The Residual Correction Method

The Residual Correction Method

Recall that if we use a program to compute the solution $x$ to a system of linear equations $Ax = b$ where $A$ is an $n \times n$ matrix, then our computed solution $\hat{x}$ is an approximation to the actual solution $x$. We defined the residual to be $r = b - A \hat{x}$ and the error $e$ of $\hat{x}$ of $x$ to be $x - \hat{x}$.

We also saw that the error $e$ was the solution to the system $Ae = r$. Unfortunately, we also noted that computing the actual error is our approximation $\hat{x}$ has some difficulties. With regards to solving $Ae = r$, we noted that the same style of errors obtained from solving $Ax = b$ would manifest in solving $Ae = r$.

We will now look at an iterative method to improve upon our error estimations known as The Residual Correction Method. This method uses residuals in order to reduce the error between $\hat{x}$ and $x$ with each iteration applied.

Let $x^{(0)} = \hat{x}$, that is, let $x^{(0)}$ be the initial computed value for $x$ in solving the system $Ax = b$. We can then define a residual as:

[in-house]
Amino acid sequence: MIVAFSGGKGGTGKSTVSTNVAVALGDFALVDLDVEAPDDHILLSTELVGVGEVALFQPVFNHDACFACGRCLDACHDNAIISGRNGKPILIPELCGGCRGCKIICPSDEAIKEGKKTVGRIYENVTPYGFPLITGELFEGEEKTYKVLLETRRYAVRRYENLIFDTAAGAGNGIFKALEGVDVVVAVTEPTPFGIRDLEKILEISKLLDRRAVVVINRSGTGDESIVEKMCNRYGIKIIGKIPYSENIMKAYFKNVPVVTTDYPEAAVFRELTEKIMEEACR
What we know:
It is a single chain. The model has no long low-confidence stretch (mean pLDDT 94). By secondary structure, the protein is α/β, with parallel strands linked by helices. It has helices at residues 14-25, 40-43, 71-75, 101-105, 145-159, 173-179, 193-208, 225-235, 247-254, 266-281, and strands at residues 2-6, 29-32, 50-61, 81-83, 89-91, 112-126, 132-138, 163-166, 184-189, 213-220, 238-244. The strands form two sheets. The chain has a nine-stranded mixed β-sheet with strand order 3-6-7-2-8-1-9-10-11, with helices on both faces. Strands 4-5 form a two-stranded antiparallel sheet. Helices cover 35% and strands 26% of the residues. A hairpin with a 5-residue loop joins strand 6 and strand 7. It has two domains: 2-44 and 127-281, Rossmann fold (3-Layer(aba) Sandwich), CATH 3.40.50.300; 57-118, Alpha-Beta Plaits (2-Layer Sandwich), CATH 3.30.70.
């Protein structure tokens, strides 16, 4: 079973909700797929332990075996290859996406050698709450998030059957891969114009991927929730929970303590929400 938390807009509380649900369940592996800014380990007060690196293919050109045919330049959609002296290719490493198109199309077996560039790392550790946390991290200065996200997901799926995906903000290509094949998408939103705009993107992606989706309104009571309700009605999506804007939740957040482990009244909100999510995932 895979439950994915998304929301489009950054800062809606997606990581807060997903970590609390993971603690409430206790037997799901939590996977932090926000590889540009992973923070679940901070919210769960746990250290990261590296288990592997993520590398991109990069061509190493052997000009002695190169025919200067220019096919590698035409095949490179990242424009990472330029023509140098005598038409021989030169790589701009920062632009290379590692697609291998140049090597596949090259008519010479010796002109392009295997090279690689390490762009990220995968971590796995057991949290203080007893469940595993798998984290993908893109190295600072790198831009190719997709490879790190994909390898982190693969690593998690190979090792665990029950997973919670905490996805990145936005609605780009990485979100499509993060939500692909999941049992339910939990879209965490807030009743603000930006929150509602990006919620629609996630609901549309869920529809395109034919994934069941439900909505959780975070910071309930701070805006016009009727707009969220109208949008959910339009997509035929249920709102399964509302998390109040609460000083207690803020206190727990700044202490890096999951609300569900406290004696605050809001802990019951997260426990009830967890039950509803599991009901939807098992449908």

\begin{align} \quad r^{(0)} = b - Ax^{(0)} \\ \quad r^{(0)} = Ax - Ax^{(0)} \\ \quad r^{(0)} = A(x - x^{(0)}) \\ \quad r^{(0)} = Ae^{(0)} \end{align}

We then solve for $e^{(0}$ (note that $e^{(0)}$ is the actual error between $\hat{x}$ and $x$). In solving for $e^{(0)}$, we obtain an approximation of $e^{(0)}$, denote it $\hat{e}^{(0)} \approx e^{(0)}$. We then use this value $\hat{e}^{(0)}$ to improve our approximation. Let:

\begin{align} \quad x^{(1)} = x^{(0)} + \hat{e}^{(0)} \end{align}

Then we can define another residual as:

\begin{align} \quad r^{(1)} = b - Ax^{(1)} \\ \quad r^{(1)} = Ax - Ax^{(1)} \\ \quad r^{(1)} = A(x - x^{(1)}) \\ \quad r^{(1)} = Ae^{(1)} \end{align}

We then solve for $e^{(1)}$ as a better approximation of the actual error $e^{(0)}$ to get our error approximation $\hat{e}^{(1)}$. We can then use this value $\hat{e}^(1)$ to improve our approximation by letting:

\begin{align} \quad x^{(2)} = x^{(1)} + \hat{e}^{(1)} \end{align}

We can of course continue this process until a desired level os accuracy is reached.

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